Feed-in-tariffs and tariff premium for new technologies or small markets
Feed-in tariffs or tariff premiums are a policy instrument that allows a premium in addition to the cost of generation or market price of electricity from renewable energy sources for the project or debt service timeline. This instrument has been used widely by several countries since the beginning of this global transition and is today used primarily to support new or nascent technologies. Tariffs are then regularly revisited and revised downwards as the market matures and competition increases. Secured tariff per unit of electricity generated throughout the lifetime of a project can mitigate financial and operational risks for investors and reduce financing costs.
PPP for large-scale solar programme
Morocco has become an exemplar for forging successful public-private partnerships (PPPs) for its ambitious solar target of 2,000 MW capacity by 2020. In its first phase, the 160 MW Ouarzazate Noor 1 CSP Project was implemented through a PPP between the Moroccan Government (in various capacities), international financing institutions (IFIs) and a private sector consortium led by ACWA Power. The Government contributed to the PPP by providing tariff subsidies, and securing offtake and debt guarantees reducing risks to private and public investors. The tariff subsidy is spread through the lifetime of the project, reducing upfront capital requirements. The IFIs contributed through institutional expertise and concessional debt. The consortium of private parties, selected through a public tender, contributed equity financing and technical knowhow. The PPP model brought the total costs of the project down by 25-30%. A mandatory clause of local content procurement in the agreements will be crucial to boosting the local economy.
Green bonds guidelines for financing large-scale renewable energy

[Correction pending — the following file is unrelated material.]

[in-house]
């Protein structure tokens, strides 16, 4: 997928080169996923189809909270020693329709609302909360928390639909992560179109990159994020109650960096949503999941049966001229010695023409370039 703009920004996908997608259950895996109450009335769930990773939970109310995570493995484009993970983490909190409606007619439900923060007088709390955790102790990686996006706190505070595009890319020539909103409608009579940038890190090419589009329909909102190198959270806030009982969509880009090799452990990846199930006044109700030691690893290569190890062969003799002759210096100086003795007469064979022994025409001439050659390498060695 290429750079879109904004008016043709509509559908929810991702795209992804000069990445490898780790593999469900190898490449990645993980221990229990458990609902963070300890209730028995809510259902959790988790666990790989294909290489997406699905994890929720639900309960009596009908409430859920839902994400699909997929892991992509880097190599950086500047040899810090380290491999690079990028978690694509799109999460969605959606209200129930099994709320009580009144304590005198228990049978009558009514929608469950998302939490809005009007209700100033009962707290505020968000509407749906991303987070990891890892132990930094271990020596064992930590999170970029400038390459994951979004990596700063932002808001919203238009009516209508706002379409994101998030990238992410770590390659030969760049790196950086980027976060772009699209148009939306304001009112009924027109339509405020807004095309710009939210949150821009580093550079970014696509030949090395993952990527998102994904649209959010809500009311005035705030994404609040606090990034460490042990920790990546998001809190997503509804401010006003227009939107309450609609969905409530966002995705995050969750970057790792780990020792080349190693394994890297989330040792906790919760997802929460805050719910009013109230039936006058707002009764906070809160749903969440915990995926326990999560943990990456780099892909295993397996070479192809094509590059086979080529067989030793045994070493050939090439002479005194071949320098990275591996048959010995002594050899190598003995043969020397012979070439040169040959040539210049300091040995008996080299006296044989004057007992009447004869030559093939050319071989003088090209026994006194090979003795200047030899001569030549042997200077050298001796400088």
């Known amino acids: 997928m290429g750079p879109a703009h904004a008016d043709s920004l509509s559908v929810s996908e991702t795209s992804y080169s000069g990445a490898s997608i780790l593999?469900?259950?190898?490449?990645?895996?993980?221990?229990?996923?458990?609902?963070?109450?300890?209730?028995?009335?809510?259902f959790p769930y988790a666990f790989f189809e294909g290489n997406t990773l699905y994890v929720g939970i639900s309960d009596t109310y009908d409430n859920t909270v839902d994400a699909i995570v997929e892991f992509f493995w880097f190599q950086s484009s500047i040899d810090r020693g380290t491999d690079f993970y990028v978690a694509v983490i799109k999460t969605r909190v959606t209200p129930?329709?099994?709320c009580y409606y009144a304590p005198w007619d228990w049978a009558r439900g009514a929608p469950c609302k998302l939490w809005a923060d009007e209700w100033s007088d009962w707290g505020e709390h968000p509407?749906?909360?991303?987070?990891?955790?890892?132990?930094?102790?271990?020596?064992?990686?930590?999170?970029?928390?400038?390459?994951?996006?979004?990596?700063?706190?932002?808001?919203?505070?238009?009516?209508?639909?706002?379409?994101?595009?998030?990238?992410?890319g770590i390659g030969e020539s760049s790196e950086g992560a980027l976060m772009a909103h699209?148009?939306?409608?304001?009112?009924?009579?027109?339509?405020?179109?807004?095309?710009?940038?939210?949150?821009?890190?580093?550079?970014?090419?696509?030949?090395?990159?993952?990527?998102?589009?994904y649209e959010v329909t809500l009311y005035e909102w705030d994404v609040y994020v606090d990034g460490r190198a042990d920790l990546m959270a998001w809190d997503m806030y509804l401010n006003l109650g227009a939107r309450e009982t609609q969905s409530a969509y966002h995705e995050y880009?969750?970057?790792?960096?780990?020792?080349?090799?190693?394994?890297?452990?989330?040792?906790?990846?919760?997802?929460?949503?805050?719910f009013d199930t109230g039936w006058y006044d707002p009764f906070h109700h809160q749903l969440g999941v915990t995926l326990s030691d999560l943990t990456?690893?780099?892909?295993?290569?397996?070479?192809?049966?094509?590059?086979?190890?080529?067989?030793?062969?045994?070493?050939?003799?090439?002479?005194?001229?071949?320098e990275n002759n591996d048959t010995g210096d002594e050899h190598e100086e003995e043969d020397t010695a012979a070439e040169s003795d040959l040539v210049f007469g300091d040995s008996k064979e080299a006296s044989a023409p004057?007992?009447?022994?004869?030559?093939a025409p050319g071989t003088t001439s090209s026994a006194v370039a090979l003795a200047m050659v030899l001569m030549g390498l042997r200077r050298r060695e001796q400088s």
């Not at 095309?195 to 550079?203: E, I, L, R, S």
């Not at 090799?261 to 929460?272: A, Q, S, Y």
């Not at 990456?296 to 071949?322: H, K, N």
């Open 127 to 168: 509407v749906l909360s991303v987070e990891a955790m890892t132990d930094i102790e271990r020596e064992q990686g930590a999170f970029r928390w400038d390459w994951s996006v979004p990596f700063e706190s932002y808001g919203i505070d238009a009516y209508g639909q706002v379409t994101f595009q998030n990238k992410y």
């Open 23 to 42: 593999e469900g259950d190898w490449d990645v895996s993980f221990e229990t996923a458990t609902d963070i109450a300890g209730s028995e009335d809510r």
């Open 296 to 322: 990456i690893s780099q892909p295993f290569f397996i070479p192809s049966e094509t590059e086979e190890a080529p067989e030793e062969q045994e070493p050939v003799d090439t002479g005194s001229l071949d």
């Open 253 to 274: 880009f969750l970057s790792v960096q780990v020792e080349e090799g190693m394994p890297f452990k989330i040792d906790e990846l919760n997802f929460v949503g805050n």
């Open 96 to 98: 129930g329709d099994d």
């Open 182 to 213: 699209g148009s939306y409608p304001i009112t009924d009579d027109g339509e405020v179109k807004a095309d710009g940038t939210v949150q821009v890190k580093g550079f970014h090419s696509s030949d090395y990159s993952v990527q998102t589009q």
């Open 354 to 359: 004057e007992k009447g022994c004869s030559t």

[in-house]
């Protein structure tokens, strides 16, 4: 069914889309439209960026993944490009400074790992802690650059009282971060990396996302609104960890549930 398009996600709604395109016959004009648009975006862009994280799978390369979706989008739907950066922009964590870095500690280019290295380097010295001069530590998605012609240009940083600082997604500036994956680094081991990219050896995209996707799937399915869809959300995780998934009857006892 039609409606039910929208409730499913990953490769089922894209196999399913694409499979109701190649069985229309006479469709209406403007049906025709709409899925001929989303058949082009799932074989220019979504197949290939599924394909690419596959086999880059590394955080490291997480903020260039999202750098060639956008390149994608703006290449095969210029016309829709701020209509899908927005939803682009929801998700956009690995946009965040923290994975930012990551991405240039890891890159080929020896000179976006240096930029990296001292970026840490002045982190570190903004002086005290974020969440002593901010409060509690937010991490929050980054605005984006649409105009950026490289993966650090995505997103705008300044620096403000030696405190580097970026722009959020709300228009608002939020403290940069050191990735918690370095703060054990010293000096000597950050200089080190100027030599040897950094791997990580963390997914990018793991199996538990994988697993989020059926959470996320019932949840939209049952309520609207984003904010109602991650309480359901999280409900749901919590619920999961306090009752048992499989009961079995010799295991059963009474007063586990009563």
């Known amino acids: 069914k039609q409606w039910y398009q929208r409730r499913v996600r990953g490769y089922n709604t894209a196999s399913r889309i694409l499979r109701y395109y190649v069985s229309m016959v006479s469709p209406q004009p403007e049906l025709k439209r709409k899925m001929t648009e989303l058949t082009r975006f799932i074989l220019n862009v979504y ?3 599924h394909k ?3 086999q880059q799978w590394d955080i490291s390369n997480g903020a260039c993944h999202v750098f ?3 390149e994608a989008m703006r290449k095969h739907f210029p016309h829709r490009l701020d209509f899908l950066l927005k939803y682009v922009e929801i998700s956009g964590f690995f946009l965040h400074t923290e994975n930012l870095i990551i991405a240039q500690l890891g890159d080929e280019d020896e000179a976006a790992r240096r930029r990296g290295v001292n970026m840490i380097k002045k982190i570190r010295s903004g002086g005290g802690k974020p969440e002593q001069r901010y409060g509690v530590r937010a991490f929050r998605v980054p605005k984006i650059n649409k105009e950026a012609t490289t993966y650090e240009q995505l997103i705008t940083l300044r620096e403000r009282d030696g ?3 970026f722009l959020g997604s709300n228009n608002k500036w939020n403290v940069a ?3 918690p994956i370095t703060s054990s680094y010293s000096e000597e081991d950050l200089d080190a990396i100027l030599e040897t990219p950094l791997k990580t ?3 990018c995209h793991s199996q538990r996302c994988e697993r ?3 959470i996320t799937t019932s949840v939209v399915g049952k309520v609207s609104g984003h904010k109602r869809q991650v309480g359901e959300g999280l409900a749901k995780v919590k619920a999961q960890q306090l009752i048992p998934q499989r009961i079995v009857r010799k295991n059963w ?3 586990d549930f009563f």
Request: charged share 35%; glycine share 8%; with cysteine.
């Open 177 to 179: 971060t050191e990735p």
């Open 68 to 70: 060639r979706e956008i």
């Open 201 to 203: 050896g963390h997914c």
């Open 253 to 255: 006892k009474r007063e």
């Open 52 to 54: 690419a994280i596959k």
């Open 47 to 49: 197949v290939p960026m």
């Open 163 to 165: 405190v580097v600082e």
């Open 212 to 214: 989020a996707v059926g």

Green bonds are becoming an increasingly popular financing instrument to raise funds for large scale renewable energy projects. The Government of Morocco has successfully and strategically utilised green bonds to attract national and international financing for its green energy infrastructure. With a target of drawing 42% of the energy needs from renewable sources by 2020 and 52% by 2030, Morroco launched a Green Bonds Guidelines, setting the rules and an operational framework for national green bonds market. Over the years, green bonds in Morocco have been used for solar power projects, energy efficiency, green buildings, among other infrastructure projects. Till February 2019, Morocco, through the issuance of green bonds by different organisations, collectively raised $420 million for green energy projects. In the long run, Morocco hopes to raise $30 billion from green bonds to fulfil the financing requirements for its renewable energy targets.
Green bonds market
Green bonds are becoming an increasingly popular financing instrument for raising private sector and institutional funding for large scale renewable energy and energy efficiency projects. Indonesia, in 2017, developed a Green Bond and Green Sukuk Framework (the GBGS Framework) to extend both market and regulatory support for the issuance of Green Sukuk, a shariah-compliant bond. Funds raised through Green Sukuk will be exclusively used to finance or refinance eligible green projects. Eligible green projects were defined as “projects which promote the transition to low-emission economy and climate-resilient growth, including climate mitigation, adaptation, and biodiversity”. By April 2019, Indonesia had issued bonds worth $ 2.7 billion, making it the largest green bond issuer amongst ASEAN countries. The GBGS Framework was prepared in compliance with the Green Bonds Standards (GBS), an ASEAN initiative, so that the green bonds can be traded within the ASEAN market.